Lions Gate Said to Approach MGM Studio Creditors on Purchase

Lions Gate Entertainment Corp., the independent film and TV producer, has approached creditors of ailing Metro-Goldwyn-Mayer Inc. to help shape a plan to acquire the studio, two people with knowledge of the situation said.

Lions Gate Vice Chairman Michael Burns has been meeting in New York with investors who hold some of MGM’s $3.7 billion debt, according to the people, who requested anonymity because the discussions are private.

Any agreement to buy Los Angeles-based MGM would have to be approved by Carl Icahn, Lions Gate’s largest shareholder. He took a 10-day break from efforts to gain control of Vancouver- based Lions Gate’s board so the company could make a case for certain acquisitions. That standstill agreement expires on July 19. Debt-hobbled MGM is co-owner of the James Bond franchise.

Icahn, 74, who holds almost 38 percent of Lions Gate shares, isn’t a party to the talks, according to one person with knowledge of Burns’s efforts. The billionaire investor threatened a proxy fight to elect his own board at Lions Gate, distributor of the “Saw” movies, after failing to gain a majority of the stock with a $7-a-share takeover bid.

Icahn, who hasn’t publicly supported the idea of an MGM merger, couldn’t be reached. Burns didn’t respond to a request for comment. Michael Utley, spokesman for Houlihan Lokey, the investment bank advising MGM’s creditor committee, declined to discuss the matter. Susie Arons, an outside spokeswoman for MGM, also declined comment.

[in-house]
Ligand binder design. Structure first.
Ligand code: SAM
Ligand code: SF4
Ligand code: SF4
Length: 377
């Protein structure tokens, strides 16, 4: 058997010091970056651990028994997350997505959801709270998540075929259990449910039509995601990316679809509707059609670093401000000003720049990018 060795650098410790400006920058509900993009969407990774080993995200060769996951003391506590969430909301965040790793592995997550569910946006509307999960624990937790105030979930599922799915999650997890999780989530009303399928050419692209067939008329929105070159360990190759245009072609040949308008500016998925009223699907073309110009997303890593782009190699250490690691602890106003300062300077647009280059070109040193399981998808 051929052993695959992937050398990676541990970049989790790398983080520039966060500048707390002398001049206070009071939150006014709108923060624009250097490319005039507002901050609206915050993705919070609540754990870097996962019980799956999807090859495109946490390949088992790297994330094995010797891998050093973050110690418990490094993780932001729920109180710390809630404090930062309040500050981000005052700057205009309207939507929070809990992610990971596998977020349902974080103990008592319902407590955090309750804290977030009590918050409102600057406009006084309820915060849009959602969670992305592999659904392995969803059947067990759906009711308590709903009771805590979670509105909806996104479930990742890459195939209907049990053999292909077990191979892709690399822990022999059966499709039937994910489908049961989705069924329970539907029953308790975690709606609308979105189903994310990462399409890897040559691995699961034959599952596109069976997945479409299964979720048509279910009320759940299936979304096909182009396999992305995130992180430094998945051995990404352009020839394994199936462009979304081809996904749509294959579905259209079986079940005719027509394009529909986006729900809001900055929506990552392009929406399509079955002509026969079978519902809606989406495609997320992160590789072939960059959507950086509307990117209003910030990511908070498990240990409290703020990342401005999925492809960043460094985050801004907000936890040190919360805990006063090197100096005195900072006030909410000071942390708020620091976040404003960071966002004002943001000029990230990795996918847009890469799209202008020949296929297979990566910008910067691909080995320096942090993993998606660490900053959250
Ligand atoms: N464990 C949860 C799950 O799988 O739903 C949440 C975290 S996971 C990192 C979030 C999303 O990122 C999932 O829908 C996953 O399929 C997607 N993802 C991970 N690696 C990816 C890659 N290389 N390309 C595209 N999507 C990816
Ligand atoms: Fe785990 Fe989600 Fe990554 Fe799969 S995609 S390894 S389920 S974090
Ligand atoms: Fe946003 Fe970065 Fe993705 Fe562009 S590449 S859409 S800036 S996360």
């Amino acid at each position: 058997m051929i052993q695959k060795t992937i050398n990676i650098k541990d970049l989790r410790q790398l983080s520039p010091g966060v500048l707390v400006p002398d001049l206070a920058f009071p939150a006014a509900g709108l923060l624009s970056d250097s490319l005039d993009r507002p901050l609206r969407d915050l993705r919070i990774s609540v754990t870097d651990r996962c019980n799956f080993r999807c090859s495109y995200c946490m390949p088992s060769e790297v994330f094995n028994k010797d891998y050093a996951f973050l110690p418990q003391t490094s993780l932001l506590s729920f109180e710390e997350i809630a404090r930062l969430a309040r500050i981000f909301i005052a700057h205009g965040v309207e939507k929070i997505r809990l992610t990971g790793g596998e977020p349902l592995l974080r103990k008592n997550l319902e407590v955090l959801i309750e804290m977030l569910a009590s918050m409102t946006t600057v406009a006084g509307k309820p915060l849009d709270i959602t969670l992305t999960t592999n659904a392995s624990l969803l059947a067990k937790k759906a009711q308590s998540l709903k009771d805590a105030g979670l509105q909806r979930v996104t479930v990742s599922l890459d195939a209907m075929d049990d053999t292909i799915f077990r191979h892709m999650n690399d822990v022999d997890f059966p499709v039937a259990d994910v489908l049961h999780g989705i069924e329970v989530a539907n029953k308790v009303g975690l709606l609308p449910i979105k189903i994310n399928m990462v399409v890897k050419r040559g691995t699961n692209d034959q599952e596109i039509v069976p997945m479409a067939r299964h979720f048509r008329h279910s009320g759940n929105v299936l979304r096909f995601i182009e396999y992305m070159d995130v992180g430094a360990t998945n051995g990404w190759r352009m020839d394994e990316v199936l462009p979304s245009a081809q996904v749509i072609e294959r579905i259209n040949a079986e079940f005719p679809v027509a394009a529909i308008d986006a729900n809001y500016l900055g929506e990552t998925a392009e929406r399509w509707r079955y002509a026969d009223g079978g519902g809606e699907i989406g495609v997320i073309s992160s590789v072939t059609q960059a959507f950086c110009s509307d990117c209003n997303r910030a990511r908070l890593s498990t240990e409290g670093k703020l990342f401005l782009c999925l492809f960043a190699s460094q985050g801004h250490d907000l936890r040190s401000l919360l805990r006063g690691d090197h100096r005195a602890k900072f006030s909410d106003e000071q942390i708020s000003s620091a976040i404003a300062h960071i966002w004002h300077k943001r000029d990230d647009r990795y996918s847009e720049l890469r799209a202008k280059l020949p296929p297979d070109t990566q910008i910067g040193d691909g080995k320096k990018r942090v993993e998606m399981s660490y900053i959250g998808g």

Photographer: Aaron Harris/Bloomberg

Michael Burns, vice chairman of Lions Gate Entertainment Corp., speaks during a press conference in Toronto. Close

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Photographer: Aaron Harris/Bloomberg

Michael Burns, vice chairman of Lions Gate Entertainment Corp., speaks during a press conference in Toronto.

The creditors, who formed a committee that represents MGM’s 100 or so debt holders, haven’t agreed on a unified position, the people said.

Balance Sheet

The creditors’ lack of unity underscores the difficulty Burns faces as he tries to craft a deal that will satisfy MGM’s debt holders and Icahn, who has said he won’t approve a large equity-for-debt swap that dilutes his holdings.

Peter Wilkes, a Lions Gate spokesman, said on July 9 the studio “wouldn’t do a highly leveraged deal that added significant debt to our balance sheet.”

Lions Gate, also the producer of the Emmy winning “Mad Men” TV series, fell 17 cents to $6.53 in New York Stock Exchange composite trading. Shares of the company, run from Santa Monica, California, have gained 12 percent this year.

MGM was put up for sale last year after falling behind on its debts. Creditors have granted the studio several reprieves on interest payments. The studio’s latest forbearance agreement expires tomorrow.

The studio was taken private for $5 billion in 2005 by buyers including Providence Equity Partners.

To contact the reporters on this story: Ronald Grover in Los Angeles at rgrover5@bloomberg.net; Michael White in Los Angeles at mwhite8@bloomberg.net.

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